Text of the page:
Historically, most of the adult mosquito control methods focus on females with little attention to targeting males.
Our study begins with a lunch meeting in a summer meadow near Stockholm University. We just published a story regarding a key malaria parasite metabolite which can manipulate the behaviour of female mosquitoes for its own transmission success. Prof Anna-Karin Borg-Karlson, Dr. Raimondas Mozūraitis and I (Dr. Noushin Emami) were discussing the mosquito communication, interactions, and manipulation in nature. At this moment Anna-Karin mentioned that she and a scientist in her group, Dr. Katinka Pålsson had done analytical experiments on swarming cues of male mosquitoes. That project started as typical curiosity-driven research without funding at that time. Prof Anna-Karin Borg-Karlson as an ecological chemist had an interest in chemical cues released by male mosquitoes. Later, her group at Royal Institute of Technology (KTH) in Stockholm initiated a project on mosquito swarming odours which was supported by International Atomic Energy Association as a part of a mosquito network designed to exploit means for destabilizing mosquito populations.
As infection and behavioural biologist, I was eager to know more about the behaviour of male mosquitoes and the effect of their chemical cues on female mosquito attraction and mating success. I remember I asked Raimondas and Anna-Karin: “Does a pheromone exist governing Anopheles mating behaviour?” On that summer afternoon, we decided to combine the multidisciplinary expertise and use excellent human malaria mosquito infection facility at the Department of Molecular Biosciences (MBW), Stockholm University which I established and run. It was a phenomenal decision.
In my laboratory, we are studying the malaria parasite metabolites which can manipulate the behaviour of female mosquitoes for its own transmission success using the chemical ecology techniques, and behavioural dynamics. The laboratory investigation of male mosquito behaviour has been carried out in that facility. We further discussed whether we could expand the idea and look for about a universal pheromone in anophelines. We knew there are chemical cues and/or pheromones for aggregation and mating behaviour in various insects, interestingly Aedes mosquitoes. As a matter of fact, the hypothesis that the anopheline male mosquitoes have pheromone for their desirable activities seemed plausible. It didn’t take long to expand the hypothesis to a laboratory experimental setup, where two colonized Anopheles mosquitoes, An. gambiae and An. arabiensis were expected to be investigated chemically and behaviourally. After long hours of laboratory experimentation and chemical evaluations, we found it. Yes, there is a putative aggregation pheromone for male anopheline mosquitoes. We were extremely happy, however, we needed to confirm that this was not only a laboratory phenomenon of colonised mosquitoes in artificial systems.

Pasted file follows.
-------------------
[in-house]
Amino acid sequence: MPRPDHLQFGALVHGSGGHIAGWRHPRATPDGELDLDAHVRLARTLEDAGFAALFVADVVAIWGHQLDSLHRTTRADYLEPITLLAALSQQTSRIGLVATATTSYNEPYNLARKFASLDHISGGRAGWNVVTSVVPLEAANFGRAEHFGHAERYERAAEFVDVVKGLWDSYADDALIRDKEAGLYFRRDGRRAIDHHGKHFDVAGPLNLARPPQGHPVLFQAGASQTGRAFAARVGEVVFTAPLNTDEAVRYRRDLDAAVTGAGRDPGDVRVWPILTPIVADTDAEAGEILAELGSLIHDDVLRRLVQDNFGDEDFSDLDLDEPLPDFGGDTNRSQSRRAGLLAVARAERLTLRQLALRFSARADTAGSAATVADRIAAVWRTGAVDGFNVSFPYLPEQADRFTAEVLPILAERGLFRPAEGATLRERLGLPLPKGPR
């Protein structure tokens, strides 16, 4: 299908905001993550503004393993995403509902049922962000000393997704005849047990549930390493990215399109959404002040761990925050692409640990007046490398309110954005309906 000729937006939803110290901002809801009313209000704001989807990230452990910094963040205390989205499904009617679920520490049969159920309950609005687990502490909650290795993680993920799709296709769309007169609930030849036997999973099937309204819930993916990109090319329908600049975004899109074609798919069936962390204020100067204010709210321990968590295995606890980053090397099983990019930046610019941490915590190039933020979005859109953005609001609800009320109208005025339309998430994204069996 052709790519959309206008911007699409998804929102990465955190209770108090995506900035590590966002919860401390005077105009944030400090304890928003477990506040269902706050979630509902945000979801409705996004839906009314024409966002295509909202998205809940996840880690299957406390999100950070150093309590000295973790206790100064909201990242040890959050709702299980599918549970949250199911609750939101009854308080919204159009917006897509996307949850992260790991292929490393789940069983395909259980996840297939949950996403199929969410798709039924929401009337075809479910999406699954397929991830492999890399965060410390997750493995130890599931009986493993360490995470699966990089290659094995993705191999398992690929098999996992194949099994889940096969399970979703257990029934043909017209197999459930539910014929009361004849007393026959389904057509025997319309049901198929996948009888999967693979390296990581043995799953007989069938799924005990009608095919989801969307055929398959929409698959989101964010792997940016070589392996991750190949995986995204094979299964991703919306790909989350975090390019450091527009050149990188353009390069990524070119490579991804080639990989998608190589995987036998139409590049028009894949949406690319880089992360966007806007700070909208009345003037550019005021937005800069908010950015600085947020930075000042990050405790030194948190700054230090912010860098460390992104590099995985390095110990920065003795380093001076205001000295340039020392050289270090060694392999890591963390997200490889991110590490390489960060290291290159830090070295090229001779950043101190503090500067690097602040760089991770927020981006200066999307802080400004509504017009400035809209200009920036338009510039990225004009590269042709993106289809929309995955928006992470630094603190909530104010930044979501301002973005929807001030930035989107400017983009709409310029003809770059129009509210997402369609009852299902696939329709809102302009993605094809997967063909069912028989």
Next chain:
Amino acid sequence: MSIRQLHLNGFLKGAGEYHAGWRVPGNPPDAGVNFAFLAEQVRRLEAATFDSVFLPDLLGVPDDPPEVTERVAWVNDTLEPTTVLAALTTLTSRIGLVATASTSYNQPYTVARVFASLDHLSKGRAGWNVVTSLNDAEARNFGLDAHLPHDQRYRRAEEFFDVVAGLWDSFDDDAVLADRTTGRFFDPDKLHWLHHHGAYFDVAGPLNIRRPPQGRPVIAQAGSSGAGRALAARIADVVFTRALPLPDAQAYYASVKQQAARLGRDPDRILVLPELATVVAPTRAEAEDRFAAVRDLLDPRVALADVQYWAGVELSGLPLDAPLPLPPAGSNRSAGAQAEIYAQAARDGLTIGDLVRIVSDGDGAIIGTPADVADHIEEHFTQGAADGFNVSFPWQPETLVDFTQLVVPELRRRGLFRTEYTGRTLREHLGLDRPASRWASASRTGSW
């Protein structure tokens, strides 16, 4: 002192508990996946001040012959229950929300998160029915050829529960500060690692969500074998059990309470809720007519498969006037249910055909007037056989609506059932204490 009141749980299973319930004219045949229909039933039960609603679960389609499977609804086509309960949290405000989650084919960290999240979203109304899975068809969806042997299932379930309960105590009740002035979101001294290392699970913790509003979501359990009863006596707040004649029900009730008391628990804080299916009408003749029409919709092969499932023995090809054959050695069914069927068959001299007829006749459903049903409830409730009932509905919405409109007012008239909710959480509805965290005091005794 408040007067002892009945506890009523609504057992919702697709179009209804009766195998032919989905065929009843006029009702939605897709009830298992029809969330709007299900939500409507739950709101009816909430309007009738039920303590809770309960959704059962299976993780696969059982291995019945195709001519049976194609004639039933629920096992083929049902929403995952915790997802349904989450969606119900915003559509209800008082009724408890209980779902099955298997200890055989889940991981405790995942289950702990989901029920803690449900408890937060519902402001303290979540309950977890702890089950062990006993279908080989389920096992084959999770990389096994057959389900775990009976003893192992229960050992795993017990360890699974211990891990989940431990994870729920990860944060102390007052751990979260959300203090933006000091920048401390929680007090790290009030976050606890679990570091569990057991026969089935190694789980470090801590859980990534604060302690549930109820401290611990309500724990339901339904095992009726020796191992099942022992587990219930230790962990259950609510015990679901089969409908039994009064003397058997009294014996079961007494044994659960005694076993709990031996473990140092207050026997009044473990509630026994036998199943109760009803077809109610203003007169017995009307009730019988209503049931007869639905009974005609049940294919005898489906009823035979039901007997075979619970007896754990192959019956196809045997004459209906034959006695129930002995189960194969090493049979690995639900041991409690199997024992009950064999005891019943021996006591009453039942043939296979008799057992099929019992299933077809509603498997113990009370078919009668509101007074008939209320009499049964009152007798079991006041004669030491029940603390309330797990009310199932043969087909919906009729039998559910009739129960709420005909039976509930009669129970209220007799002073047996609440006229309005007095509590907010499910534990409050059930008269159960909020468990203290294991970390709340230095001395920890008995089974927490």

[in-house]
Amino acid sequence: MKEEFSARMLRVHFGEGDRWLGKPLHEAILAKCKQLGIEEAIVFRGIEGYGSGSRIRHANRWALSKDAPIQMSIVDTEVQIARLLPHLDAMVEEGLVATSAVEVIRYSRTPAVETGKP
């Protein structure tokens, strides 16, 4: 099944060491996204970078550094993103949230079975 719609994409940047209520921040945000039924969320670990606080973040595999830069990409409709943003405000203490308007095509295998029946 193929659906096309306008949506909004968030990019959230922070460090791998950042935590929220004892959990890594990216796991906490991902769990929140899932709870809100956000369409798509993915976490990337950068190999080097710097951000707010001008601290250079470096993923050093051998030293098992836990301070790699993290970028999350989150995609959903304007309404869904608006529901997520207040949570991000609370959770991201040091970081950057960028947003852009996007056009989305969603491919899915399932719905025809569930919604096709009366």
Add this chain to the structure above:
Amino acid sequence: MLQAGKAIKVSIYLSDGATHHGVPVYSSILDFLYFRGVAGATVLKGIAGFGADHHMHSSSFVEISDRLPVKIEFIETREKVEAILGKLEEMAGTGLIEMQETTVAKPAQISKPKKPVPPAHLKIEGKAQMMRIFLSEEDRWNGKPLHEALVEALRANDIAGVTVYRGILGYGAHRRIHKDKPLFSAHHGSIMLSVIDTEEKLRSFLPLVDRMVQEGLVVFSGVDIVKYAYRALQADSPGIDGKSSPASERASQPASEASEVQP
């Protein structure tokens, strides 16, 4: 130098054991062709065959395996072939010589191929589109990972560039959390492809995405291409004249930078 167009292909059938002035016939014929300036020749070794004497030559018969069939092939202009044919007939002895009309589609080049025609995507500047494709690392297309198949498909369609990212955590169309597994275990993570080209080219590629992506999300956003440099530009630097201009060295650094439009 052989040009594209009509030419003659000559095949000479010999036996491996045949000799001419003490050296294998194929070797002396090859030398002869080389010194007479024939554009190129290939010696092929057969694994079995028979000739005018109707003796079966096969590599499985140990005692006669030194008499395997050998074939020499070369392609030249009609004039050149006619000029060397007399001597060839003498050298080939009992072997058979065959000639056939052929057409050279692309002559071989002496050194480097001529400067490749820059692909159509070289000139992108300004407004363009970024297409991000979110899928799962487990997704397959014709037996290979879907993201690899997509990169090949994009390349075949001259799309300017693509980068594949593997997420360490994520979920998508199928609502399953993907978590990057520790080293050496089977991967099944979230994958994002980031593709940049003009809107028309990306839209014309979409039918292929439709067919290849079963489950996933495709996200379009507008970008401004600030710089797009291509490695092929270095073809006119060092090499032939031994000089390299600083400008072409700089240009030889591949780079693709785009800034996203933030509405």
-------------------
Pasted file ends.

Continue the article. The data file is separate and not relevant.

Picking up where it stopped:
We decided to test our synthetic putative pheromone in the field. We (Raimondas and I) travelled to South Africa where we met and collaborated with our super helpful and experienced colleagues, Prof Lizette Koekemoer and Jacek Zawada. Fieldwork offers fun activities in that it combines science and social activities amongst researchers. Working in an African setting comes with the additional excitement where we could sit in the big cages to monitor mosquito dancing/mating behaviour during dusk. The most pleasant memory that stuck with me since the South African fieldwork is when I heard my colleague, Raimondas, was excitedly shouting from a faraway experimental cage “It works!!!”
In South Africa, we observed the blend composed of synthetic analogues of our laboratory recognised compounds proved highly attractive to virgin males and females of both species and incited swarming behaviour by them, i.e., it functioned as aggregation pheromone. Moreover, the blend significantly increased mating success in five African malaria vectors: An. gambiae, Anopheles coluzzii, An. arabiensis, Anopheles merus and Anopheles funestus. To sum up, we narrowed a conspicuous gap in understanding a vital aspect of the chemical ecology of male mosquitoes.
When we came back to Stockholm University, we also decided to demonstrate the fundamental roles of rhythmic and metabolic genes in the physiology and behavioural regulation of these vectors. This part of the study is passionately conducted by my PhD student, Melika Hajkazemian in collaboration with Dr. Marc Friedländer group at Scilifelab. Melika is not only a good science student but also a gifted artist.
Our study demonstrates that male mosquito has a critical role in vector-control strategies. We have focused on chemical ecology, behaviour, and transcriptional variation in this sex. We are just beginning to unravel the complex mosquito to mosquito interactions leading to key opportunities to destabilise anopheline populations and disease transmission. I strongly believe we can learn a lot from the fundamental biology of the male mosquitoes, like a baited trap using the male pheromone to lure male and female mosquitoes towards their deadly siren. Our investigation offers multiple unexplored opportunities for improved research and applied methodologies aimed at controlling the very serious harm caused by deadly mosquitoes.